In the grand scheme of the game, the score served only as the backdrop to the ever-increasing interest in professional baseball’s return to the city. While the attendance was relatively low compared to past games, the game was on a Tuesday night, with the Canadiens playing at the Bell Centre at the same time.

Both games in the Olympic Stadium demonstrated Montreal’s love for baseball. During a spectacular opening ceremony that showcased the past, appearances were made by former Expos Javier Vasquez, Quebec-born pitcher Dennis Boucher, all-time Expos wins leader Steve Rogers, and former manager Felipe Alou.

“It’s always great to be back here with former players and teammates and people that I haven’t seen for years,” said Steve Rogers, who pitched for the Expos from 1973 to 1985. “This is the real deal. You can start to translate the interest in Montreal [to] the ability to support a team. It’s really remarkable.”

The ceremony also featured appearances from local amateur baseball organizations. Since the Blue Jays began their annual series at the Olympic stadium in 2014, the MLB has noticed this passion. A group of investors led by businessman Stephen Bronfman has expressed interest in building a new stadium for the team at the Peel Basin.

Mayor Valérie Plante was thrilled to see the games were a success. “People know I’m not the most knowledgeable person about baseball with its scoring and historic players, but I’m passionate about sports, and I understand sports’ role in people’s lives,” said Plante in a press conference during Tuesday’s game.

Plante and the city will support the ongoing project to get a team back to Montreal, so long as it is privately funded. “Now the groups aren’t asking for a cent, so we’re going to support them, as long as Montrealers don’t give money directly,” she added.    

With another successful trip, the Blue Jays now move on to the regular season, and baseball fans in Montreal are left wondering; are serious strides going to be made to bringing baseball back to Montreal? Until then, many Montrealers will be cheering for the Blue Jays, and waiting to cheer for their Expos once again.

Main photo by Ben Fraser


Roy Halladay was a role model for Canadian pitchers

Former Blue Jay goes into Hall of Fame as one of the greatest in franchise history

The 2019 Baseball Hall of Fame class was announced on Jan. 22. Among the legendary names that will be inducted in Cooperstown, New York in July, one name stands out to Canadian baseball fans.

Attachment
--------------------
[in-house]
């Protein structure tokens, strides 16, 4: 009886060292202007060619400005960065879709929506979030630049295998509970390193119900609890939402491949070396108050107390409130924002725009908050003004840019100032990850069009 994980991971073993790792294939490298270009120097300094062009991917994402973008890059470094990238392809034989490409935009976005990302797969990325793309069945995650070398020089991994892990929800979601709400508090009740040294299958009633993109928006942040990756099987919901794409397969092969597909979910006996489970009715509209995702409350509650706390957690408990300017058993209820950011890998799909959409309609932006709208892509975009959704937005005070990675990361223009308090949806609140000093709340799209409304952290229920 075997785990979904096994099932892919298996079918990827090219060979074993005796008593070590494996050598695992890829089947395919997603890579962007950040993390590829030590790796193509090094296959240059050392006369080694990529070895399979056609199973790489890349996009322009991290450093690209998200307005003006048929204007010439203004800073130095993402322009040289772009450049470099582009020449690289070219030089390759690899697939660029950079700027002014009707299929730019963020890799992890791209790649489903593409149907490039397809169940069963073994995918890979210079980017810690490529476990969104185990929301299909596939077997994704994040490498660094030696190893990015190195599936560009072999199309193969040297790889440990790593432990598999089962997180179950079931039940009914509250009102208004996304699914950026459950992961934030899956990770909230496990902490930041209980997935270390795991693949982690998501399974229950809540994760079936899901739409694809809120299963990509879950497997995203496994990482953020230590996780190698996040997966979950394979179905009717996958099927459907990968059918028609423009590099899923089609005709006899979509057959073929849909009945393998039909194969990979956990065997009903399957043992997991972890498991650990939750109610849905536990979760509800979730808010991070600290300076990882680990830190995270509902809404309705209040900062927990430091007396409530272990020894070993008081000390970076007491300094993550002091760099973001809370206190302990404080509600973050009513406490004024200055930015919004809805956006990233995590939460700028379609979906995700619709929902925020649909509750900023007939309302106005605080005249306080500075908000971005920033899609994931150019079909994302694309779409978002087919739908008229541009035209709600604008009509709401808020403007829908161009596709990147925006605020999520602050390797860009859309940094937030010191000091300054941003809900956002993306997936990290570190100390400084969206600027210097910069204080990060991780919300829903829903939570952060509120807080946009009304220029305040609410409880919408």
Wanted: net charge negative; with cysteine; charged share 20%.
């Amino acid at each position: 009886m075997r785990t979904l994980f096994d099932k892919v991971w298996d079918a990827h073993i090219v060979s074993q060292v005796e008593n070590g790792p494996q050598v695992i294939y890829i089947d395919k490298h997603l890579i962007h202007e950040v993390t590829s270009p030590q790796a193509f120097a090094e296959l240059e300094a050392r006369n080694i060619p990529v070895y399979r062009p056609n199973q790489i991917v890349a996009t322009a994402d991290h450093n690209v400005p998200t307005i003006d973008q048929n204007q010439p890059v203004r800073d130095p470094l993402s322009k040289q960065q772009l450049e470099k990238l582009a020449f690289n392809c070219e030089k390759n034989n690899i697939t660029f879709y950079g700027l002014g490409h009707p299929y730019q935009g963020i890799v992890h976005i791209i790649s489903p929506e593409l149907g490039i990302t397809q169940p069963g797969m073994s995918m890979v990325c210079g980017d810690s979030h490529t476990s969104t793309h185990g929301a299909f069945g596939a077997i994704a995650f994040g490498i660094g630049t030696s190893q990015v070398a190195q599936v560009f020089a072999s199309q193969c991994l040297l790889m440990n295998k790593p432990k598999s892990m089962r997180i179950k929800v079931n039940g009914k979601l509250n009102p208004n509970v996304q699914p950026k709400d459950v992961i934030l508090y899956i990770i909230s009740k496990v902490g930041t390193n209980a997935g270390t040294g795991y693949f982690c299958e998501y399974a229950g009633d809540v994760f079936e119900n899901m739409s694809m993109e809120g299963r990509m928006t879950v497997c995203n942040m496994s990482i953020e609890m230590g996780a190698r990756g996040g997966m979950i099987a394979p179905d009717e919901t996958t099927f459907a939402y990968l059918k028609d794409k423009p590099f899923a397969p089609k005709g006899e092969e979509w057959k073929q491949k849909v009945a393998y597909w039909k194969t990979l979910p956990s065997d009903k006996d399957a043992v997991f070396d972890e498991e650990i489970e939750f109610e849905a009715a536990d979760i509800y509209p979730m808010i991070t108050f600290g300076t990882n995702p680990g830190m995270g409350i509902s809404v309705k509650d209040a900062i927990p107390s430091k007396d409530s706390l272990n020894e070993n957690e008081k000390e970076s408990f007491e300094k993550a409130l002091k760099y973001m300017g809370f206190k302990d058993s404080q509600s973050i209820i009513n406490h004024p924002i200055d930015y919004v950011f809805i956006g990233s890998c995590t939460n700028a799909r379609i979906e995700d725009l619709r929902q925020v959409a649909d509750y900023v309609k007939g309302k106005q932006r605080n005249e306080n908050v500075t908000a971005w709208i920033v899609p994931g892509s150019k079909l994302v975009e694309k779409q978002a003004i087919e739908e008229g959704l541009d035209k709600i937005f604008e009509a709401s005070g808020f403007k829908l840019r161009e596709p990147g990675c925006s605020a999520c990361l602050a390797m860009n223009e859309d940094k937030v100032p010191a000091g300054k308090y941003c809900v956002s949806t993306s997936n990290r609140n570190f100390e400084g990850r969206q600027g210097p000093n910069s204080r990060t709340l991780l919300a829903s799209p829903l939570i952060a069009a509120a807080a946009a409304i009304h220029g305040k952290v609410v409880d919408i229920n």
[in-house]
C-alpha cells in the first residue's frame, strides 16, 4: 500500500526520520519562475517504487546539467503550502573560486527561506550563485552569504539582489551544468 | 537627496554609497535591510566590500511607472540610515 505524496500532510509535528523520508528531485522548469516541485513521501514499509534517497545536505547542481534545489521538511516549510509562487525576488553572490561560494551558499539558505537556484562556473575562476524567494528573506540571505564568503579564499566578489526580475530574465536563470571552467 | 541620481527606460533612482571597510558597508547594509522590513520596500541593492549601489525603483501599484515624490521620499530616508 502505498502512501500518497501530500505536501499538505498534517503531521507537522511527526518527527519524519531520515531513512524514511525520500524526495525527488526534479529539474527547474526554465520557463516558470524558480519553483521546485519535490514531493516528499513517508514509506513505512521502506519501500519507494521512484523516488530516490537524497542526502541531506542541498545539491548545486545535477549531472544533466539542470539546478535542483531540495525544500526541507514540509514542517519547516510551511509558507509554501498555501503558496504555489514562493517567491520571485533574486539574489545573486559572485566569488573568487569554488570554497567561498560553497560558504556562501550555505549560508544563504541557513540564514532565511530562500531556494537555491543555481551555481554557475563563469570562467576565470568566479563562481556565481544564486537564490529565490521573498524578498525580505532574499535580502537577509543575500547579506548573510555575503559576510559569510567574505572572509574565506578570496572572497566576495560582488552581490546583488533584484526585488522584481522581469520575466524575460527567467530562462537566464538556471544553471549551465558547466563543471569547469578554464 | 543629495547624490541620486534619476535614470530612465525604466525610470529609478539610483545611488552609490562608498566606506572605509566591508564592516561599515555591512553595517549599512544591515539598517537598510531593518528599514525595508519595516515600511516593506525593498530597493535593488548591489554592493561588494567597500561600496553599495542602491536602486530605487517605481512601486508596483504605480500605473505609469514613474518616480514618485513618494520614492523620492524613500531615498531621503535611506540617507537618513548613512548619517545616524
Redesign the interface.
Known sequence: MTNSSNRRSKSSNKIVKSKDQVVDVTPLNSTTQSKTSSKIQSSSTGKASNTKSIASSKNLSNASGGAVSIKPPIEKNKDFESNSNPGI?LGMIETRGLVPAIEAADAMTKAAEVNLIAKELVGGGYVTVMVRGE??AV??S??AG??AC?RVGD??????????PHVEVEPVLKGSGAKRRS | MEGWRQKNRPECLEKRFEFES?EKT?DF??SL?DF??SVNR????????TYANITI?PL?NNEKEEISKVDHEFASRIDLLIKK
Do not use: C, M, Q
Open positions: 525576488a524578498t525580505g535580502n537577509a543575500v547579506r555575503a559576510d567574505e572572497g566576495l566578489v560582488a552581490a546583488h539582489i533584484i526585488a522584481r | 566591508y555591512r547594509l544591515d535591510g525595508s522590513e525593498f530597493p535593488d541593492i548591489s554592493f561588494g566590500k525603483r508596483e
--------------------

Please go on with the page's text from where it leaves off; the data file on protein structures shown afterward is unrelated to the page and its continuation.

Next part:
The late Roy “Doc” Halladay (1977-2017) spent 11 of his 15 full seasons as a Toronto Blue Jay, winning 148 games. He also won a Cy Young Award as the American League’s best pitcher in 2003. He made an impact whether he was playing or not.

Jackson Morgan, a pitcher for the Concordia Stingers baseball team, looked up to Halladay. “He was a huge role model for me growing up,” Morgan said. “What made him a role model wasn’t necessarily his performance, but his [behaviour] on and off the field.”

On the field, Halladay was known for an assortment of pitches, and his command of the strike zone was one of his most notable skills. Growing up playing baseball, Morgan learned how to create more movement on his pitches by watching Halladay play. “I can remember watching him dominate and thinking to myself: ‘If I was a batter, I’d be helpless as well,’” Morgan said.

Halladay’s impact on Canadian baseball fans is in the same scope as former Blue Jays Joe Carter, Jimmy Key and fellow Hall of Fame member Roberto Alomar, who were the Blue Jays’s first stars. Danny Gallagher, a former reporter who covered the Montreal Expos, believes Halladay is one of the most successful Blue Jays of all-time. Like Morgan, Gallagher also believes Halladay had an impact on youth players in the country.
The Blue Jays weren’t a good team from 1998 to 2009, when Halladay was pitching for them. The Jays never made the playoffs, despite masterful performances from Halladay. Morgan wished that Halladay would have seen some better chances to win.

“I only wish they had a better supporting cast for Doc during his tenure with the Jays,” Morgan said. Halladay only played playoff baseball twice, in 2010 and in 2011, as a player for the Philadelphia Phillies. There, he continued to dominate, and in 2010 against the Cincinnati Reds, he became only the second pitcher after Don Larsen in 1956 to throw a no-hitter in the playoffs.   
Players inducted into the baseball Hall of Fame choose which of their former team’s logos is inscribed on the cap of their plaque. Halladay’s family requested to not have a logo on his plaque. Despite this, Gallagher said he will be forever linked with Toronto baseball.

“The Blue Jays will always consider Doc one of the greats in franchise history,” Gallagher said. Even without the Blue Jays logo on Halladay’s plaque, his legacy as a Blue Jay will remain on the minds of all Canadian baseball fans.

The same was echoed by Morgan, as what he saw from Halladay’s play as a young baseball player will be forever remembered. “His legacy will live on forever. I’m thankful he played for a Canadian team and young Canadian pitchers like myself had exposure to such an influential and important baseball figure,” Morgan said.

Main graphic by @spooky_soda.

Exit mobile version